Extreme - Pornograffitti ©1991 A&M
1. Decadence Dance
2. Li'l Jack Horny
3. When I'm President
4. Get The Funk Out
5. More Than Words
6. Money (in God We Trust)
7. It ('s A Monster)
8. Pornograffitti
9. When I First Kissed You
10. Suzi (wants Her All Day What?)
11. He-man Woman Hater
12. Song For Love
13. Hole Hearted

You can file this one under guilty pleasures as well.

When Extreme first came out in the late 80s, they seemed like they'd be just another hairy, excessively pouty butt rock band with little more than another imitation of a bad formula. Their self-titled debut did little to shed that perception as that release was very tepid and lacking a real identity. Chances are I never would have bothered picking up their sophomore release, Pornograffitti, had I not heard the track "Get the Funk Out" on the radio. As it turns out, I would have missed out on a great guitar rock album, one of the better ones ever released.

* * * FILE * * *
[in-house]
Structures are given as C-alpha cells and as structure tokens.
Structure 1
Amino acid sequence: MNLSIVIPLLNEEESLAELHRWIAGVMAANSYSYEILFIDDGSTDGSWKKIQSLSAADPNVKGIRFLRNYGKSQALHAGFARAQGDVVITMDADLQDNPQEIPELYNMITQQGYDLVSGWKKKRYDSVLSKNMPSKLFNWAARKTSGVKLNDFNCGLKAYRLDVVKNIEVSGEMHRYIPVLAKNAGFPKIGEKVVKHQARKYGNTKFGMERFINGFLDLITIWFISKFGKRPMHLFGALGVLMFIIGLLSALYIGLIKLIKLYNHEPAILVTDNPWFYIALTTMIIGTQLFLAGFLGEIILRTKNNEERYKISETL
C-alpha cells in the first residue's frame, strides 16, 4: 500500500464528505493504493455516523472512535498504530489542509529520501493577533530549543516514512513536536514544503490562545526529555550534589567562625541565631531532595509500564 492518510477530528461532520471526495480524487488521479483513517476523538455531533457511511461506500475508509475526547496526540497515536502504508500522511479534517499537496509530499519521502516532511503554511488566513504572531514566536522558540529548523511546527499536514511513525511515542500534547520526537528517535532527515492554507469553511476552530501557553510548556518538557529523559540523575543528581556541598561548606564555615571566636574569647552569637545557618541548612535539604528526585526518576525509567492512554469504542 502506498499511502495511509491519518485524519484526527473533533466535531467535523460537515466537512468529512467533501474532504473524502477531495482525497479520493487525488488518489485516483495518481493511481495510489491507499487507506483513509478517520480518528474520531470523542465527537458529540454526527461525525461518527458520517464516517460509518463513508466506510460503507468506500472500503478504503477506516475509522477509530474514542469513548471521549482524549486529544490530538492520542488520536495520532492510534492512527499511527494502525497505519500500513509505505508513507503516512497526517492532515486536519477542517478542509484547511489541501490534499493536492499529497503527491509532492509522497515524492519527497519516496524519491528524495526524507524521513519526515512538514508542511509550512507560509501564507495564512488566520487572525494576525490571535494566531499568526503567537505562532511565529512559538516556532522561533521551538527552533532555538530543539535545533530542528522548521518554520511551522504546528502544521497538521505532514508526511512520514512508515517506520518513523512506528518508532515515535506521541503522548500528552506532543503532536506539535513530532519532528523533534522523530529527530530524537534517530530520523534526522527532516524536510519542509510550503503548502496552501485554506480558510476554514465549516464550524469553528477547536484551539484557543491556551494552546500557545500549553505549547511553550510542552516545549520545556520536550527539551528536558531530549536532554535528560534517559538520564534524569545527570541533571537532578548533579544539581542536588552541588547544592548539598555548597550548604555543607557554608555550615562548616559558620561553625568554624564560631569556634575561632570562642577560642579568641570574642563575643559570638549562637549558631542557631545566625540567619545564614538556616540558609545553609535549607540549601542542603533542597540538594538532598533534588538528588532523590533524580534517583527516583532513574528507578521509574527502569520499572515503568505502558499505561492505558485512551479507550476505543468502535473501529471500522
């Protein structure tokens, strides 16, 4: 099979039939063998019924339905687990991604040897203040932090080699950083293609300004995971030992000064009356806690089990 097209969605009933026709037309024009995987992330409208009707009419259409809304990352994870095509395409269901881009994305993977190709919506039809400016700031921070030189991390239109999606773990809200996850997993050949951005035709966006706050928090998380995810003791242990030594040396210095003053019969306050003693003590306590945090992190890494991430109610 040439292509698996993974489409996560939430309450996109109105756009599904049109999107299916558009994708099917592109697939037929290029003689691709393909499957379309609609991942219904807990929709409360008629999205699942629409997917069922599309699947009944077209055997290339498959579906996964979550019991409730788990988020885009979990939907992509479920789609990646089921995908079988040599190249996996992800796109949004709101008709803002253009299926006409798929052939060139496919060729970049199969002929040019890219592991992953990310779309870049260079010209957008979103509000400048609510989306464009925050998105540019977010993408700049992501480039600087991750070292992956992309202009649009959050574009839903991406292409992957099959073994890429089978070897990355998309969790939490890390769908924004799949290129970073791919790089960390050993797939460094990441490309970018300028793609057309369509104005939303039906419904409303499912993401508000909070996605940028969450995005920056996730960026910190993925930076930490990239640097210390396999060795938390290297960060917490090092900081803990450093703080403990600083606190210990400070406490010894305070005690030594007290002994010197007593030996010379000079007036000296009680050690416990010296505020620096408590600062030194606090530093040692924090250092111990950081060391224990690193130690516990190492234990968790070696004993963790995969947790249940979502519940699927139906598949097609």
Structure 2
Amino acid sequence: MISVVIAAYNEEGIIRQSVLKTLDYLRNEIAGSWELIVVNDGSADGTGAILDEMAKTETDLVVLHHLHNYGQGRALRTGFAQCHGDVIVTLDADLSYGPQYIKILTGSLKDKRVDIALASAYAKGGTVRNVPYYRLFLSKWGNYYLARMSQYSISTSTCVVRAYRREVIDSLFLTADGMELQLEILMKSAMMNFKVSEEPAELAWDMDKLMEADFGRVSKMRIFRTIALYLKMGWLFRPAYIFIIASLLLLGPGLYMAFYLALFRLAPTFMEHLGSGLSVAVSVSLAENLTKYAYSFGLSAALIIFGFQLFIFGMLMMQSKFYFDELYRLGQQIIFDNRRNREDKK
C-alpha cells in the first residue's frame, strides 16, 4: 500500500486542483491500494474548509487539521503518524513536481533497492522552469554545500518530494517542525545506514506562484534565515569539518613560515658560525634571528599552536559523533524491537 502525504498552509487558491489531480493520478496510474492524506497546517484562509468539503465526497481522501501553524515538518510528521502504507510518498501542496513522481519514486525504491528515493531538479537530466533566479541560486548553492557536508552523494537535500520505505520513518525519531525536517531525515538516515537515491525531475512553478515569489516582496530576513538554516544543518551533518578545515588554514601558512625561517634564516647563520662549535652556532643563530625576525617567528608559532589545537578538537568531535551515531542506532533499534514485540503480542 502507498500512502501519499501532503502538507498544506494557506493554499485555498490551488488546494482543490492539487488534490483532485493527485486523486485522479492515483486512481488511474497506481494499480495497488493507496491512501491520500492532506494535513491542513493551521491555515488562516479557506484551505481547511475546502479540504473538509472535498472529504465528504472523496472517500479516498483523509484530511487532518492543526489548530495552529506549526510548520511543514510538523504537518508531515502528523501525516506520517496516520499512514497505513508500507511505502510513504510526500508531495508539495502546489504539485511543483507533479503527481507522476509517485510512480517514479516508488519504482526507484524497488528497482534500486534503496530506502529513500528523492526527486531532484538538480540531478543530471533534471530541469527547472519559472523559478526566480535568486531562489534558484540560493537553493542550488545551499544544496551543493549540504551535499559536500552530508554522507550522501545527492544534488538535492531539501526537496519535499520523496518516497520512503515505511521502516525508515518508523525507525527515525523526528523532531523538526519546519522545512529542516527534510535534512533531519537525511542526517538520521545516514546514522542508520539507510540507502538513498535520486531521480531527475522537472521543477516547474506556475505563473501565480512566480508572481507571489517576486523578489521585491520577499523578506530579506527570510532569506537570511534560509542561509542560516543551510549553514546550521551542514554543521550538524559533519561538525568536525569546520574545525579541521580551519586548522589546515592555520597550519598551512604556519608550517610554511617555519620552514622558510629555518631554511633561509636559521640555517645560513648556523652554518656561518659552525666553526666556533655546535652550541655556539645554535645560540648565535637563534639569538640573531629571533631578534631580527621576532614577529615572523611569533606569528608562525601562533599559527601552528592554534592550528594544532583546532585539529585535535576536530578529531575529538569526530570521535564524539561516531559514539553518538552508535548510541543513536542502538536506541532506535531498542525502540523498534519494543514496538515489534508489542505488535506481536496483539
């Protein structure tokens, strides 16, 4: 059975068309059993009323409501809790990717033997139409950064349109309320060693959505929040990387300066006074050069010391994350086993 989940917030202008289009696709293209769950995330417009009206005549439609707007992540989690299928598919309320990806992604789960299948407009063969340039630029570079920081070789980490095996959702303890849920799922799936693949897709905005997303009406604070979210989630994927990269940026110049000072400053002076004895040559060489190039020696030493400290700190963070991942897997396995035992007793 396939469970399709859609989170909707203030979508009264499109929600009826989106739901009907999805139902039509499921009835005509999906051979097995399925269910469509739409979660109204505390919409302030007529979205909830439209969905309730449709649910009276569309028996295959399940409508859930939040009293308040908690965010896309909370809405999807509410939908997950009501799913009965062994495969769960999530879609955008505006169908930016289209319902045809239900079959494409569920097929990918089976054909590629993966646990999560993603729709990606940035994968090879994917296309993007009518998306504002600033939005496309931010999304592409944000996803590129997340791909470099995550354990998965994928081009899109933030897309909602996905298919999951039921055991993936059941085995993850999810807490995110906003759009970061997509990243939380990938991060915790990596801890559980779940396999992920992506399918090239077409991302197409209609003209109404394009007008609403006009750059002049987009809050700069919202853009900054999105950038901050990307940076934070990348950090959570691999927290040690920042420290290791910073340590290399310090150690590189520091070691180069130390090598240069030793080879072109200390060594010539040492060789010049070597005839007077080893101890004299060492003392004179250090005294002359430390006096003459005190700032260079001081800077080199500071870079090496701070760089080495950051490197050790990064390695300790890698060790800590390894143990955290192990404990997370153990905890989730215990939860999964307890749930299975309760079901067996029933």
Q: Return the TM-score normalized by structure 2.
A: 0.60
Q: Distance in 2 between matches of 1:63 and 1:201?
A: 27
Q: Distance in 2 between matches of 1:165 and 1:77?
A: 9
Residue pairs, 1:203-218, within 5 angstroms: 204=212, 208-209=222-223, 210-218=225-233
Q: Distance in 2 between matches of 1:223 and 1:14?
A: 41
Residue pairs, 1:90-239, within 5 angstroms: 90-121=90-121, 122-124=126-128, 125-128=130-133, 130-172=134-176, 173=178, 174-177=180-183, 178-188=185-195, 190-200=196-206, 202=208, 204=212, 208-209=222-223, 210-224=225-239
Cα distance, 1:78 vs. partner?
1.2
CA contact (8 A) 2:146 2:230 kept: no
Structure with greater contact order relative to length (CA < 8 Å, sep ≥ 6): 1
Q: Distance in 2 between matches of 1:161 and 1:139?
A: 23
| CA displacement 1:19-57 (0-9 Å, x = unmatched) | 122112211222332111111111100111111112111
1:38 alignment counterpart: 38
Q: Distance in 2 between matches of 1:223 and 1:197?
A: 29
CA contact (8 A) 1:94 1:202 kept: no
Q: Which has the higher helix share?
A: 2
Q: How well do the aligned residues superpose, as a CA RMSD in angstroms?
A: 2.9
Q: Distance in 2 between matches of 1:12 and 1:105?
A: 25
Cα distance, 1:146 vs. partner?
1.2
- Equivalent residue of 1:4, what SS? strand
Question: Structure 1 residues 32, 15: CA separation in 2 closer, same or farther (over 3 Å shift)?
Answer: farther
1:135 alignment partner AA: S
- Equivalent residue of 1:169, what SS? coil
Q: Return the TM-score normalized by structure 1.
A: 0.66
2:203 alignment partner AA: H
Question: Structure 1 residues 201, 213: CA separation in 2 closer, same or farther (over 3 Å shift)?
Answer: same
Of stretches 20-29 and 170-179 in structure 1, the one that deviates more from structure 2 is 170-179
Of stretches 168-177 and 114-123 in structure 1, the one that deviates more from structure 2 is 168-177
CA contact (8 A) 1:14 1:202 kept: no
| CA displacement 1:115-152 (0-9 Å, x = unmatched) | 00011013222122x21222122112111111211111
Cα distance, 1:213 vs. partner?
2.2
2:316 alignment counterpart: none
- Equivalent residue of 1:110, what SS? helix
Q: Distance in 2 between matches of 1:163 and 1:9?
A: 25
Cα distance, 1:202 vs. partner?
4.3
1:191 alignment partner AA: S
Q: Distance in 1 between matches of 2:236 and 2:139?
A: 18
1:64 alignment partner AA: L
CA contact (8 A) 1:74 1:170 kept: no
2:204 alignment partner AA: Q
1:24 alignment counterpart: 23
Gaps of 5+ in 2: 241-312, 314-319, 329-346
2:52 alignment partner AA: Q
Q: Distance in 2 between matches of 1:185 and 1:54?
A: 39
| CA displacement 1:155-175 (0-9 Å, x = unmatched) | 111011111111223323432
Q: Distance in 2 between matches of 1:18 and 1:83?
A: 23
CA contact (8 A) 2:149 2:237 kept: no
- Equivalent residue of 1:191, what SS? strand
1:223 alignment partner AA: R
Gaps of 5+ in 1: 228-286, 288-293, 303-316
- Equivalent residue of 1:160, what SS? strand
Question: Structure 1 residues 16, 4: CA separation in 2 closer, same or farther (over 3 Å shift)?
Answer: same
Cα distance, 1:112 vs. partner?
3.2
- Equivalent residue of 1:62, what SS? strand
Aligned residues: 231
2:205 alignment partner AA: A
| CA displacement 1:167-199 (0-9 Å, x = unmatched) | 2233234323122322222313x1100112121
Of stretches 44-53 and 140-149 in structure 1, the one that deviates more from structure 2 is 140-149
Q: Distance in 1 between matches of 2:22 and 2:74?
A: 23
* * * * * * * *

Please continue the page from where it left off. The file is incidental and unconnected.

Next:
For whatever reason, between the debut and Pornograffitti, Extreme figured out who they were as songwriters and the difference is amazing. Guitarist Nuno Bettencourt really came into his own on the album. While he's not necessarily a guitar hero, his style is phenomenal throughout and does a lot to drive the songs home. Singer Gary Cherone does a great job of selling the songs. But the most outstanding thing is the wealth of great songs throughout. The aforementioned "Get the Funk Out" is stupidly clever, but quite catchy. Other infectious tracks include "It's a Monster", the Sinatra tinged "When I First Kissed You", the title track and the hit "Hole Hearted". Sure, that utterly vapid and unbearably sappy "More Than Words" is on the album, but they invented a skip button for a reason. The band does go through a lot of rock cliches but the music comes off as arena sized fun. That's pretty much what rock is supposed to be at the end of the day.

Between this and the follow-up III Sides to Every Story, Extreme had a pair of highly necessary rock albums that proved that not all hair music was bad.

Review by John Chedsey

Review date: 12/2000

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III Sides To Every Story

Extreme - III Sides To Every Story ©1992 A&M
1. Warheads
2. Rest In Peace
3. Politicalamity
4. Color Me Blind
5. Cupid's Dead
6. Peacemaker Die
7. Seven Sundays
8. Tragic Comic
9. Our Father
10. Stop The World
11. God Isn't Dead?
12. Everything Under The Sun